Look for it year-round, but it’s most active in spring and summer when it’s breeding. Males use a drumming technique to attract females: first, they tap their bill against their head or another object.

Then they shift the account from one side of their head to the other, alternating at high speed to sound like an old-fashioned machine gun firing into the air. 

They’ll also sing while drumming if they’re near an object that resonates nicely, such as tree trunks or metal pipes. If you hear a steady tapping sound without any variation, then it might be the work of 

6. Black-backed Woodpecker

The Black-backed woodpeckers are the largest in North America and great woodpeckers in Oregon, measuring up to 19 inches in length.

This powerful bird can be found in forests across the western United States, including Oregon. Look for them near dead or dying trees, which feed on insects beneath the bark. 

The Black-backed Woodpecker’s distinctive black and white plumage makes it easy to identify. They have a black back, wings, and tail, with white underparts. Males are more significant than females, and their head has a red crest that recedes during winter. 

Their diet consists mainly of insects that live under tree bark, but they also eat acorns and fungi when food is scarce. These birds typically make their homes in dead or dying trees. 

7. White-headed Woodpecker

The White-headed Woodpecker is a medium-sized woodpecker found in forests throughout North America. In Oregon, they are most commonly found in the Cascade Mountains. These woodpeckers in Oregon are black with white stripes on their head and back and have white bellies.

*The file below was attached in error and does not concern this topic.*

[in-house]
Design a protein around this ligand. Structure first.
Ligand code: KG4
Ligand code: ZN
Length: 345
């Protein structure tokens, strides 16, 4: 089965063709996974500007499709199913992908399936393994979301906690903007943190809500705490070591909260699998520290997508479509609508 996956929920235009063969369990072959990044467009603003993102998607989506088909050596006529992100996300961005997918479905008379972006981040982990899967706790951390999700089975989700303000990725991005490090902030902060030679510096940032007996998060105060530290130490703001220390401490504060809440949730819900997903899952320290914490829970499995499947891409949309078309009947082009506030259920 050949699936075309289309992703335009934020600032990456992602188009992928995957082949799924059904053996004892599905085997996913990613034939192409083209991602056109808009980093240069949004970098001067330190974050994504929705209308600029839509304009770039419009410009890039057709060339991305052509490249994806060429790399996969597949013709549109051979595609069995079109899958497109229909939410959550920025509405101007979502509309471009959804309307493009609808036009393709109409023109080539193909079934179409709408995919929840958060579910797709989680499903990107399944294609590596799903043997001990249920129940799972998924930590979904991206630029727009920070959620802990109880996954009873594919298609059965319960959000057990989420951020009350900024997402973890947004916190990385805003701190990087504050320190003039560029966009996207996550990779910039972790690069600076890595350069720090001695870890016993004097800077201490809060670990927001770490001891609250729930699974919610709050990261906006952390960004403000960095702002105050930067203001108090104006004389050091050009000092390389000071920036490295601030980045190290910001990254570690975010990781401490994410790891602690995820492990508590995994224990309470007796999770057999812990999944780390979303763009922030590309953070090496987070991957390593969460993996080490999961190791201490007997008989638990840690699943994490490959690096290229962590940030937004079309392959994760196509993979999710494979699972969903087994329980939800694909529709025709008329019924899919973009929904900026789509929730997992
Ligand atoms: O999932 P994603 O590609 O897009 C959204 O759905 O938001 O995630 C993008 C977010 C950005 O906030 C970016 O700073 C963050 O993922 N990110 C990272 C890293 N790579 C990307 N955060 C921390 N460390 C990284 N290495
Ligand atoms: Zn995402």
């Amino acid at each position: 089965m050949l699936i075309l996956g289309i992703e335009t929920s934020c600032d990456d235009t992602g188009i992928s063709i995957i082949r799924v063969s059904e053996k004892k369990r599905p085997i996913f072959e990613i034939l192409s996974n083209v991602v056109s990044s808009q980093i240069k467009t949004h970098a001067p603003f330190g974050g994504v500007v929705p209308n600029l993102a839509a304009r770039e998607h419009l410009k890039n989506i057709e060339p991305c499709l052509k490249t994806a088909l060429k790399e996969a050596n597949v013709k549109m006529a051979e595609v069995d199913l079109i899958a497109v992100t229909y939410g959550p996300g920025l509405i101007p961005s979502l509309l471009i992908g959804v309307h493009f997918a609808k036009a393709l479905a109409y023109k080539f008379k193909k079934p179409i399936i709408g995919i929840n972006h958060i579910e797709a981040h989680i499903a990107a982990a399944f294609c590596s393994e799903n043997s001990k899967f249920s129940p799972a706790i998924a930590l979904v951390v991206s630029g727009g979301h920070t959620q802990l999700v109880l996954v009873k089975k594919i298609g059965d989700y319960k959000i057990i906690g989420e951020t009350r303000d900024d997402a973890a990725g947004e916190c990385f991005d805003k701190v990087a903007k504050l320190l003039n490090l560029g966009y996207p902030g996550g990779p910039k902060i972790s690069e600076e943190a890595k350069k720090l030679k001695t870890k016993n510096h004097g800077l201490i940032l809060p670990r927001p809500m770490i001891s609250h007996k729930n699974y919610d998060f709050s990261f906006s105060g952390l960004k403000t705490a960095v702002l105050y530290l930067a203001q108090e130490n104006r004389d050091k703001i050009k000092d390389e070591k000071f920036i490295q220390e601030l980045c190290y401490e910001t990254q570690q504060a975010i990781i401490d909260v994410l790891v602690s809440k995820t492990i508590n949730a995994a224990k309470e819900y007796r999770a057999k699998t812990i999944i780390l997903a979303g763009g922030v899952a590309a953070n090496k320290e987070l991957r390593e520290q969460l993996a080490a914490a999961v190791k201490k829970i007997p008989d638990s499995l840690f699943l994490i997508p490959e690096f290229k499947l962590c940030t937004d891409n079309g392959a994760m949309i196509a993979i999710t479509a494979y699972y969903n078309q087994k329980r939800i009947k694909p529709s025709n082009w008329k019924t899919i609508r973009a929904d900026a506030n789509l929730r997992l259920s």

Males have a red patch on the back of their heads, while females have a yellow patch. Both sexes have a black bill and dark eyes. White-headed woodpeckers eat insects, acorns, berries, and nuts. 

They nest in cavities excavated by both parents. You often hear them drumming on trees as they search for food or make nests.

The drumming sounds like someone tapping on the ground with a wooden stick. When they find an insect, they use their long tongue to pick it up and toss it into their mouth.

8. Red-breasted Sapsucker

The red-breasted sapsucker is a small to medium-sized woodpecker found in forests across North America. In Oregon, they are most commonly found in the Cascade Mountains.

These woodpeckers in Oregon get their name from their habit of drilling holes into trees and licking up the sap that oozes out. 

Red-breasted sapsuckers are sexually dimorphic, meaning that males and females look different. Males have a red head and breast, while females have a gray head and breast. Both sexes have white stripes running down their backs and wings. 

These birds are cavity nesters, meaning they excavate their nest holes in trees. If you’re lucky enough to spot a red-breasted sapsucker, you’ll likely hear them before you see them. They make short taps on tree trunks as they search for sap. 

Red-breasted sapsuckers feed primarily on insects and eat fruit and seeds when available. They can be seen all year long in eastern Oregon’s dry forest zones, where the forest floor has an open understory and abundant snags (dead or dying trees).

9. Lewis’s Woodpecker

Lewis’s woodpeckers are one of the unique woodpeckers in Oregon. Their long beaks and reddish-brown plumage characterize them. These birds are found in forests throughout the state but are most commonly seen in the Willamette Valley. 

If you’re lucky enough to spot one of these birds, you’ll likely hear them before you see them – they make a loud pik-a-pik sound that is unmistakable.

The best time to view this species is during nesting season when they’re busy hammering away at trees to create cavities for their young.

You’ll find these birds near Douglas Fir trees, which they favor for nesting due to the soft bark on this tree’s trunk. 

Along with Lewis’ Woodpecker, other woodpeckers include Acorn Woodpecker, Red-headed Woodpecker, Northern Flicker, and Downy Woodpecker.